Receiving Social Security Disability After Anal Cancer DiagnosisCancer is often a frightenting diagnosis. Some people won't talk about cancer when it shows up in a place that isn't considered a good topic for "polite conversation". Often the treatment for cancer can be more disabling than the actual disease. Getting a disability living allowance from Social Security for your disability caused by cancer can be as much of a fight as you face in trying to conquer cancer. Hopefully, Farrah Fawcett's struggle with anal cancer and the battle for her life will highlight how difficult and painful it is to live through the medical treatments available for the disease. Cancer begins in your cells, the building blocks of your body. When things are going right, your body produces new cells as you need them. These new cells replace old cells that die. Sometimes this process does not work the way it should. Old cells do not die when they should, and new cells develop even when you do not need them. These extra cells may form a mass called a tumor. Tumors can be benign or malignant. Benign tumors are not cancer. Malignant ones are cancer. Cancer is not one disease, but a group of diseases. Each of these diseases is characterized by cells that are aggressive (they grow and divide without respect to normal limits), invasive (they invade and destroy adjacent tissue) and sometimes metastatic (they spread to other parts of your body). Anal cancer is a type of cancer that develops in your anal canal. It is a disease where cancer cells form in the tissues of your anus. Your anal canal is a short tube at the end of your rectum. It consists of the outer layers of your skin and the end of your large intestine. Your stool passes through this canal and out of your body when you go to the bathroom. Fortunately, anal cancer is an uncommon form of cancer. According to the National Cancer Institute, around 5,000 people are diagnosed with anal cancer in the United States each year. Women are a little more likely to get anal cancer than men. The prime age for getting the disease is your early sixties. There are several different ways that anal cancer may affect you. It may cause:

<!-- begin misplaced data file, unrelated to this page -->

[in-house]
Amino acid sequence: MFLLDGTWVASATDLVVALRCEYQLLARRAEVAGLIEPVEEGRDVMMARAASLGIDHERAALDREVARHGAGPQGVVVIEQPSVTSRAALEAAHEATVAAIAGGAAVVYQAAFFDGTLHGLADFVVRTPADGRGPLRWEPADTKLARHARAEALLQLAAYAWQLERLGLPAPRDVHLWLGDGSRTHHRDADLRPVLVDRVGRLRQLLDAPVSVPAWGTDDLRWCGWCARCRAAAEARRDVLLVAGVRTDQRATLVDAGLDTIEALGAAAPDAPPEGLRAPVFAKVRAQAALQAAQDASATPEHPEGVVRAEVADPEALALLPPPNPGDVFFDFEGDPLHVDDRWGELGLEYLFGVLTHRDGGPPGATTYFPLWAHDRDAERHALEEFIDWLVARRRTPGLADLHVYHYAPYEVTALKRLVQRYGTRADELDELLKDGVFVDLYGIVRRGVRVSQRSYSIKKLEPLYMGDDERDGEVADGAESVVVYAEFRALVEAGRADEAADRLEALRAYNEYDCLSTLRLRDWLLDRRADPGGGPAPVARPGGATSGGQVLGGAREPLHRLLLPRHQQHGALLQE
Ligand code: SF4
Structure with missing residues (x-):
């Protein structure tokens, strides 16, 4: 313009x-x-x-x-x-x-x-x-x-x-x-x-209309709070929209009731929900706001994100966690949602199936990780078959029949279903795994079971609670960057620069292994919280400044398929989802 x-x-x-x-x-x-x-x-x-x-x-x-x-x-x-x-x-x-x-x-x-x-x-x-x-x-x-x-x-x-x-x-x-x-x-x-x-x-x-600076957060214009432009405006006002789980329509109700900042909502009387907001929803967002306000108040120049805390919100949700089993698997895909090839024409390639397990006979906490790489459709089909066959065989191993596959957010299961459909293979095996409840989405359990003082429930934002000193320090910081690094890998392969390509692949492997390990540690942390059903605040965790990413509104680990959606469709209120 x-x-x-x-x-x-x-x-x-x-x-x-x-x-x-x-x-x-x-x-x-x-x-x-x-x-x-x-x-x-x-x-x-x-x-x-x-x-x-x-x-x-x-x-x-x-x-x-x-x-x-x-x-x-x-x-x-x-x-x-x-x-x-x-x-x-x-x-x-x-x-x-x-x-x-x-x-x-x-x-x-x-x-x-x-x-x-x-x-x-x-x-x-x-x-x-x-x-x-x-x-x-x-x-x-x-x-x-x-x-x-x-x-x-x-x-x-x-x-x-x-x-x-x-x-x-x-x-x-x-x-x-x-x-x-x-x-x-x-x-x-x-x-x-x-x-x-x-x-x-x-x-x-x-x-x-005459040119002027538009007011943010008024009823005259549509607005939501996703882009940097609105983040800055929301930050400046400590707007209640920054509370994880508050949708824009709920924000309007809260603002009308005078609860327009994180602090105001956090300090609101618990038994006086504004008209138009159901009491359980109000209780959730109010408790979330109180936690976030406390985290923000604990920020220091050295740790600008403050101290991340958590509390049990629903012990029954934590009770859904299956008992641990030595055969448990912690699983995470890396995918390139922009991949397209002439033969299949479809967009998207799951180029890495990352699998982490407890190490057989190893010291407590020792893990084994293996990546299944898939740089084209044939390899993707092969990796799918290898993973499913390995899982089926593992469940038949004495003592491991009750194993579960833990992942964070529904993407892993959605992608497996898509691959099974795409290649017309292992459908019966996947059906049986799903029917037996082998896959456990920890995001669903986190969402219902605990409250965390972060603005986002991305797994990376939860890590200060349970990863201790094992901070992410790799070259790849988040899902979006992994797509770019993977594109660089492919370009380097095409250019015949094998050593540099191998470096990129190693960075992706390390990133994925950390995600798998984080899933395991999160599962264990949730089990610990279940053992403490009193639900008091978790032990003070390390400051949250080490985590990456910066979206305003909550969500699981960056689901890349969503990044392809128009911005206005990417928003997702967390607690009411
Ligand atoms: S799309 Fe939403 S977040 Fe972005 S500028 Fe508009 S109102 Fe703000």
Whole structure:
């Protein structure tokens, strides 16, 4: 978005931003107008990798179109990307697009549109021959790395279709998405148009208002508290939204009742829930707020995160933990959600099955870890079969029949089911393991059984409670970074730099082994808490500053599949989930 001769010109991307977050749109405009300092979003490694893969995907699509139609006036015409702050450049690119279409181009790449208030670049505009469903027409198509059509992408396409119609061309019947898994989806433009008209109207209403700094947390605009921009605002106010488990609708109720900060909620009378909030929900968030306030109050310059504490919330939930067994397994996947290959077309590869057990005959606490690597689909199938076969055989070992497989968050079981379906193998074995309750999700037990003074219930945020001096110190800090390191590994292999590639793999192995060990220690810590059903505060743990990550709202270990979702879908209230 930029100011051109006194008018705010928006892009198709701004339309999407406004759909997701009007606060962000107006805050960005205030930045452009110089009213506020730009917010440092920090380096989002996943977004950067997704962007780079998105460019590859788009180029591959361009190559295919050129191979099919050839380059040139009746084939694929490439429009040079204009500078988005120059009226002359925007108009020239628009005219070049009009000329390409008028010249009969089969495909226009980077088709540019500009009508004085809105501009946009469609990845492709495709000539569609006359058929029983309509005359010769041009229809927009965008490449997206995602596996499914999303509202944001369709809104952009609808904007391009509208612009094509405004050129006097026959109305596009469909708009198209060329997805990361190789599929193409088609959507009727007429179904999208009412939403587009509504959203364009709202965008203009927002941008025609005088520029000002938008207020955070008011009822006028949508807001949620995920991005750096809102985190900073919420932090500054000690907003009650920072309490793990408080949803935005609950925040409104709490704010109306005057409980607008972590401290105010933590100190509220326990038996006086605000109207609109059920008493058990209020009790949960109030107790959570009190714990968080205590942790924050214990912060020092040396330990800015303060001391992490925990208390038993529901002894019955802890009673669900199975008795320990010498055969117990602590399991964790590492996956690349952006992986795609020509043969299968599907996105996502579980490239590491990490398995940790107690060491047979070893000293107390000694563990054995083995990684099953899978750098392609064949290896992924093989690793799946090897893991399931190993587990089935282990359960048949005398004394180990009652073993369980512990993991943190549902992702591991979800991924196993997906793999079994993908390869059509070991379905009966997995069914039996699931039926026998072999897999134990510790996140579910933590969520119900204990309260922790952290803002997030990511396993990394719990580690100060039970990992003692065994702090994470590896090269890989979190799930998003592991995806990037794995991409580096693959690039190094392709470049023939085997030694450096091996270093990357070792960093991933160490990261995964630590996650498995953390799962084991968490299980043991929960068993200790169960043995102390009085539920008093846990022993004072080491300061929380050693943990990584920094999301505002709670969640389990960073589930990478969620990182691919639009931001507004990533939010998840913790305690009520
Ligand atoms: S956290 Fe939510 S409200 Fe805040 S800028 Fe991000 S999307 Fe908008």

- Pain in or around your anus
- An itching sensation around or inside of your anus
- A growth or mass in your anal canal
- Bleeding from your rectum or anus
- Anal discharge
- A change in your bowel habits like constipation, diarrhea or thinning of your stools.